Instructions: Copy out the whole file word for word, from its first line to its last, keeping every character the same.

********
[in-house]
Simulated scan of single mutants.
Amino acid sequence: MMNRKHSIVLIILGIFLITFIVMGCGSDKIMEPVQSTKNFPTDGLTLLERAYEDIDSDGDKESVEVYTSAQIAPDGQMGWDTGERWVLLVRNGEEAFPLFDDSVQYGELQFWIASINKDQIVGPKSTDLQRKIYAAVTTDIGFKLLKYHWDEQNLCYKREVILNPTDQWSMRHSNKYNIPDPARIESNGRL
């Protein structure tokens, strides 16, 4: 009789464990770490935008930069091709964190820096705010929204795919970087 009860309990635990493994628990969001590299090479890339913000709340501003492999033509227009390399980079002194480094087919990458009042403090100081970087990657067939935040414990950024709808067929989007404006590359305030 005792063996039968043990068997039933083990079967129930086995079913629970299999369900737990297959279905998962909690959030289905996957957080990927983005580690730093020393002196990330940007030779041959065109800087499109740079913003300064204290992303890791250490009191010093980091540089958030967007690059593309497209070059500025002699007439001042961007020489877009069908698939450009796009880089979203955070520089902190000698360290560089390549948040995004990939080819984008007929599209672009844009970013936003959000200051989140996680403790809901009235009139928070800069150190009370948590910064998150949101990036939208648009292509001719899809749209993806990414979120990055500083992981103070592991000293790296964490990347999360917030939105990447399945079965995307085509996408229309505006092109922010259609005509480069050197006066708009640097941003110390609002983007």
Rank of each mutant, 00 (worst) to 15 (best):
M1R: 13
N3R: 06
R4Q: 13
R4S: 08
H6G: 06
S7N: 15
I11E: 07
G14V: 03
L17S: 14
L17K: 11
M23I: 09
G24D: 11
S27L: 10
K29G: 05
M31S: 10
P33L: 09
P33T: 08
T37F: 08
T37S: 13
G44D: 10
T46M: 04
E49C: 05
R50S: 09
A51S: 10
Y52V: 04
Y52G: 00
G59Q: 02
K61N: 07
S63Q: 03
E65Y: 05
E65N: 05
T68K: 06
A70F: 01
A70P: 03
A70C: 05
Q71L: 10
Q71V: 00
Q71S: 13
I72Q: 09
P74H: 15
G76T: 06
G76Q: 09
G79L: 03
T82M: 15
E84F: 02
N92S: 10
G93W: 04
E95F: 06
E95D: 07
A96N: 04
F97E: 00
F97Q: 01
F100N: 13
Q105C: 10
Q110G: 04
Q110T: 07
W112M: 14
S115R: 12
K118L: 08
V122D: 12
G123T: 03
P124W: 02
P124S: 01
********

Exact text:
[in-house]
Simulated scan of single mutants.
Amino acid sequence: MMNRKHSIVLIILGIFLITFIVMGCGSDKIMEPVQSTKNFPTDGLTLLERAYEDIDSDGDKESVEVYTSAQIAPDGQMGWDTGERWVLLVRNGEEAFPLFDDSVQYGELQFWIASINKDQIVGPKSTDLQRKIYAAVTTDIGFKLLKYHWDEQNLCYKREVILNPTDQWSMRHSNKYNIPDPARIESNGRL
């Protein structure tokens, strides 16, 4: 009789464990770490935008930069091709964190820096705010929204795919970087 009860309990635990493994628990969001590299090479890339913000709340501003492999033509227009390399980079002194480094087919990458009042403090100081970087990657067939935040414990950024709808067929989007404006590359305030 005792063996039968043990068997039933083990079967129930086995079913629970299999369900737990297959279905998962909690959030289905996957957080990927983005580690730093020393002196990330940007030779041959065109800087499109740079913003300064204290992303890791250490009191010093980091540089958030967007690059593309497209070059500025002699007439001042961007020489877009069908698939450009796009880089979203955070520089902190000698360290560089390549948040995004990939080819984008007929599209672009844009970013936003959000200051989140996680403790809901009235009139928070800069150190009370948590910064998150949101990036939208648009292509001719899809749209993806990414979120990055500083992981103070592991000293790296964490990347999360917030939105990447399945079965995307085509996408229309505006092109922010259609005509480069050197006066708009640097941003110390609002983007």
Rank of each mutant, 00 (worst) to 15 (best):
M1R: 13
N3R: 06
R4Q: 13
R4S: 08
H6G: 06
S7N: 15
I11E: 07
G14V: 03
L17S: 14
L17K: 11
M23I: 09
G24D: 11
S27L: 10
K29G: 05
M31S: 10
P33L: 09
P33T: 08
T37F: 08
T37S: 13
G44D: 10
T46M: 04
E49C: 05
R50S: 09
A51S: 10
Y52V: 04
Y52G: 00
G59Q: 02
K61N: 07
S63Q: 03
E65Y: 05
E65N: 05
T68K: 06
A70F: 01
A70P: 03
A70C: 05
Q71L: 10
Q71V: 00
Q71S: 13
I72Q: 09
P74H: 15
G76T: 06
G76Q: 09
G79L: 03
T82M: 15
E84F: 02
N92S: 10
G93W: 04
E95F: 06
E95D: 07
A96N: 04
F97E: 00
F97Q: 01
F100N: 13
Q105C: 10
Q110G: 04
Q110T: 07
W112M: 14
S115R: 12
K118L: 08
V122D: 12
G123T: 03
P124W: 02
P124S: 01